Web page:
Category Archives: Faith

A Prayer for Grace–Answered

I’ve been distracted by a problem-not my own. It’s bugging me. A situation that in my view is blatantly just not right. Even tragic in some ways. I haven’t been asked for my opinion. I completely don’t see eye-to-eye with the person (people) making these choices and it only occasionally affects me indirectly. It’s literally driving me crazy and it’s making me resent the people who are making these lame choices. What bugs me even more is that I know it’s not my place to judge or even have an opinion. In short, it bugs me that it bugs me. I know this is temptation with a capital “T” rearing its ugly head.

I keep telling myself…”Keep your eyes on your own paper.” “Check out the plank in your own eye before examining that other person’s eye.” I know it’s wrong to be distracted and consumed about this. Not only that, I have my own life and vocation – I have plenty on my plate and I mess up plenty-believe me. Not everyone would agree with my choices. I’m certain a lot of people don’t.

So I pray. I pray mostly that I can stop obsessing about the choices that others make and just show them love no matter what their choices are. (It’s fair to read that no matter how much I think they’re %&$* ing up).

An answer came. Not in the form of an opportunity to show these people the “right way”. Not in the form of a panicked plea from them-“What are we doing wrong?”. Not in the form of an innocent question….”How would you do this.” No, the answer was sobering, humbling and clear as anything. Let me explain.

I keep a prayer journal and write in it sporadically. Just recently, I was trained to serve funeral masses at our church. I consider this an honor and feel privileged to do it when I am able. I have also only recently learned about the powerful intercession of the faithful departed and had the inspiration to consistently beg the intercession of the souls whose funerals I serve. As often as I remember, I’ll ask for their help. I got out my book to start recording their names on the back cover. There, at the top of the back cover, was the following quote that I had written a few months ago:

“Take care not to meddle in things that do not concern you, nor even allow them to pass through your mind; for perhaps you will not then be able to fulfill your own task.”

–St. John of the Cross

OK then. I am well aware that I struggle with remembering to strive to do God’s will in my own life. Not only did this admonition direct me to stay out of the affairs that have been preoccupying my thoughts. It gave me permission NOT to make it my business at all.

It’s a relief to let it go. I can’t say that I won’t get bent out of shape the next time I hear about [what I think is] an idiotic choice but I’ll try my best to remember to ask God to show me where I am falling short instead.

Congratulations Mark!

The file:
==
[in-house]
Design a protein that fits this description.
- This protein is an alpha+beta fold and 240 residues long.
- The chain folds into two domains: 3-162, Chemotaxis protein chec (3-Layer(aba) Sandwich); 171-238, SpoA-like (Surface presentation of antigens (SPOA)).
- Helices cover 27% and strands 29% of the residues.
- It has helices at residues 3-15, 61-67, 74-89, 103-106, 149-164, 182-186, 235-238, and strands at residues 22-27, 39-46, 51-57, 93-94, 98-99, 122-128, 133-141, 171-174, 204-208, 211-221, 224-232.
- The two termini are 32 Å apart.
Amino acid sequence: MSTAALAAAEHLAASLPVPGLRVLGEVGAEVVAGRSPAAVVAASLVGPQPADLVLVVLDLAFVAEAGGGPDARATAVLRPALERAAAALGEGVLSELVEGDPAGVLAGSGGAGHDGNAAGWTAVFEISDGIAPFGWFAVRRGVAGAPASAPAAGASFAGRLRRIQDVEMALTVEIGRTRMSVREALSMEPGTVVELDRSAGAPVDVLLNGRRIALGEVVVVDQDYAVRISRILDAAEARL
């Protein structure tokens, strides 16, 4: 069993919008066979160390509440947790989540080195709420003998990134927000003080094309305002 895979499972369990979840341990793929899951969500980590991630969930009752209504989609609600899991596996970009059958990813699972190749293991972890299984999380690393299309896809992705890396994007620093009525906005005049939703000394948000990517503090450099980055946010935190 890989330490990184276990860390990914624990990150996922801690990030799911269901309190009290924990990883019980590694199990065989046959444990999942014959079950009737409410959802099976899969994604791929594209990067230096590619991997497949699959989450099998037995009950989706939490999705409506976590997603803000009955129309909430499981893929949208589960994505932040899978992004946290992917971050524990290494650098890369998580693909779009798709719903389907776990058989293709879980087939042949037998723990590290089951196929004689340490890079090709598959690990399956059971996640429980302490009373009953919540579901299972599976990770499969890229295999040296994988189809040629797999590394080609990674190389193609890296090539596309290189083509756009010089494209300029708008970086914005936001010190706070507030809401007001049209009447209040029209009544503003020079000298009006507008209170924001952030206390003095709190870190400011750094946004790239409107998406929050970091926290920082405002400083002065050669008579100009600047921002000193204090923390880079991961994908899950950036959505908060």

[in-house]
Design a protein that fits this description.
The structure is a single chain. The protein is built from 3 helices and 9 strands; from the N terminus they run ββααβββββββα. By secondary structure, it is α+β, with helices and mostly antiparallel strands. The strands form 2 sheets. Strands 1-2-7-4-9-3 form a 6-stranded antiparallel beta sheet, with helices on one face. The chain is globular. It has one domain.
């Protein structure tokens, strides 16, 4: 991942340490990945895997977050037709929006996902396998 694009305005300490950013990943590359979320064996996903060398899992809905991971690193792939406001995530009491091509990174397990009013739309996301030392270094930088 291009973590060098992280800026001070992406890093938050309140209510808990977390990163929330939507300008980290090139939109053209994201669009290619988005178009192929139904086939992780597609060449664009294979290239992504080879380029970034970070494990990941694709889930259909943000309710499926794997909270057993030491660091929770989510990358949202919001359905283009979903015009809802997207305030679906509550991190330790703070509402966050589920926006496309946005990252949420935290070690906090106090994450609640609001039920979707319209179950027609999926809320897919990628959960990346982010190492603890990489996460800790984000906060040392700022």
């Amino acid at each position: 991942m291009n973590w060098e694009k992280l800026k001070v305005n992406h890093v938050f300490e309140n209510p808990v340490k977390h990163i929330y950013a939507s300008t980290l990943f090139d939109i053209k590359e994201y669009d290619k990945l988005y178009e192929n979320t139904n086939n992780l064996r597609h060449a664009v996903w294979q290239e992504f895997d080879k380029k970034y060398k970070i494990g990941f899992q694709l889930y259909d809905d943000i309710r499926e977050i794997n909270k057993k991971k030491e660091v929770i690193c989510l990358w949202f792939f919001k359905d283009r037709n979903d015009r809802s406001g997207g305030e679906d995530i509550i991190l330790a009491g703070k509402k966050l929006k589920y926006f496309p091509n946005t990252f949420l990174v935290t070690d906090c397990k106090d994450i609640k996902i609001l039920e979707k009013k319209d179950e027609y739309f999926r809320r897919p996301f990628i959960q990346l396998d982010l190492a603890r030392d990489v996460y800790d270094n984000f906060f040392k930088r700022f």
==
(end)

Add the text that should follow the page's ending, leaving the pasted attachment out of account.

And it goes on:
Sorry, one of these days, I’ll figure out how to make photos look better on a blog

Mark made his First Communion on Divine Mercy Sunday. It was a beautiful day. The DRE at our church has given me the option of choosing our own day during a regular mass or doing it with the big group. Both Kate and Mark have opted for going by themselves at a normal Sunday mass. The other kids served on the altar. It was nice to have them up there together and they were all happy to watch Mark receive up close. He was so brave and not nervous at all. There’s a dear retired priest who helps our pastor and he was scheduled to celebrate the Mass. He’s always so sweet on special occasions and gave Mark a little card.

A few days before, we met with the DRE to practice and she gave him a DETAILED tour of the sachristy, the sanctuary and the stained glass windows of the church. She was firing questions at him constantly. I didn’t get the feeling that she was testing as much as sharing, teaching and also wanting to discern his overall readiness. She remarked at one point at being surprised that he knew or was familiar with some of the things that she was talking about and frankly, I was too.

We were all so proud of him and I think he’s grown just a little bit in maturity-I mean ever so slightly. As the youngest of 4, he’s babied a lot. He’s not reckless as much as he is impulsive but I noticed this week that he’s just slightly less so. Grace? Maybe. But I’ll continue to pray that he stays as close to Jesus as he was on Sunday.

The Domestic Monastery

I’m stealing an idea from another blog that I occassionally read and linking to this article because I don’t want to forget it and don’t want to lose it. The author compares motherhood to a religious vocation in which the members are called to prayer by the ringing of a bell. They stop what they are doing and pray. The mother’s bells are the children constantly interrupting. I loved this and honestly, it was the first time I began to think of staying home with the kids as a VOCATION. I always felt privileged to be able to be home but until I read this article, I had never considered it a vocation.

Nobody would ask a priest or sister the kinds of questions I’ve been asked. “So…what do you do for yourself?”( I get to stay home all day with the people I love most and I don’t have to dress up to be with people I don’t love). “Don’t you miss being in the real world?”(Last time I looked, the kids were real) “Doesn’t it get mundane?”(Doesn’t your job get mundane-EVER?) “Do you ever just want to talk to an adult?”(I talk to adults every day). “Don’t you miss the stimulating conversations?” (I don’t remember discussing quantum physics at work, mostly we laughed about Seinfeld episodes).

Phew!


Running to the confessional-he’s always making us laugh
 
I was wiped out by the time it was my turn to go into the confessional. Mark really wasn’t nervous (he was excited) and I knew he’d do fine but maybe because he’s the youngest and definitely less mature than Kate was at the same age, I was a tad stressed. I also wanted him to have a good experience. He did. We’re lucky to have a priest who supports my decision to prepare the kids for the sacraments at home but he’s also very smart and loves to tell the kids about obscure things that he’s learned and you never when he’s going to start firing questions at them. But he was so kind and I heard him ask Mark as he was opening the door, “See, wasn’t that easy?” It was a good, mostly grace-filled day.
    
Luke and Mark being silly on the way out